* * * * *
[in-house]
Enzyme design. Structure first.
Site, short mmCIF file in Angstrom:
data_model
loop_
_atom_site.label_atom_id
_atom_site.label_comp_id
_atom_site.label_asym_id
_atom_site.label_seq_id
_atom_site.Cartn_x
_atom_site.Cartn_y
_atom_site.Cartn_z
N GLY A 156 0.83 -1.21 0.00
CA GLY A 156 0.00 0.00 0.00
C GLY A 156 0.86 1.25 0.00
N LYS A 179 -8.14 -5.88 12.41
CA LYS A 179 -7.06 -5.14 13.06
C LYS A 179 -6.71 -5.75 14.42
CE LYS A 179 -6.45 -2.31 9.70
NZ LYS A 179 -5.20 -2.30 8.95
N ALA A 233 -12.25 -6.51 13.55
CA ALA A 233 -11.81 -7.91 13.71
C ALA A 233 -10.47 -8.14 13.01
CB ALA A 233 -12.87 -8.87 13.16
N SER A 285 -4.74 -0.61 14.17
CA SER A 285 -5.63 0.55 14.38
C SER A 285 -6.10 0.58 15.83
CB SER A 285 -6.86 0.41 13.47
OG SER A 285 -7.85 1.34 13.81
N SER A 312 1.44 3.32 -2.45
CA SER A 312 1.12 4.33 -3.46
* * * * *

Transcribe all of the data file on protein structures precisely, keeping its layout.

[in-house]
Enzyme design. Structure first.
Site, short mmCIF file in Angstrom:
data_model
loop_
_atom_site.label_atom_id
_atom_site.label_comp_id
_atom_site.label_asym_id
_atom_site.label_seq_id
_atom_site.Cartn_x
_atom_site.Cartn_y
_atom_site.Cartn_z
N GLY A 156 0.83 -1.21 0.00
CA GLY A 156 0.00 0.00 0.00
C GLY A 156 0.86 1.25 0.00
N LYS A 179 -8.14 -5.88 12.41
CA LYS A 179 -7.06 -5.14 13.06
C LYS A 179 -6.71 -5.75 14.42
CE LYS A 179 -6.45 -2.31 9.70
NZ LYS A 179 -5.20 -2.30 8.95
N ALA A 233 -12.25 -6.51 13.55
CA ALA A 233 -11.81 -7.91 13.71
C ALA A 233 -10.47 -8.14 13.01
CB ALA A 233 -12.87 -8.87 13.16
N SER A 285 -4.74 -0.61 14.17
CA SER A 285 -5.63 0.55 14.38
C SER A 285 -6.10 0.58 15.83
CB SER A 285 -6.86 0.41 13.47
OG SER A 285 -7.85 1.34 13.81
N SER A 312 1.44 3.32 -2.45
CA SER A 312 1.12 4.33 -3.46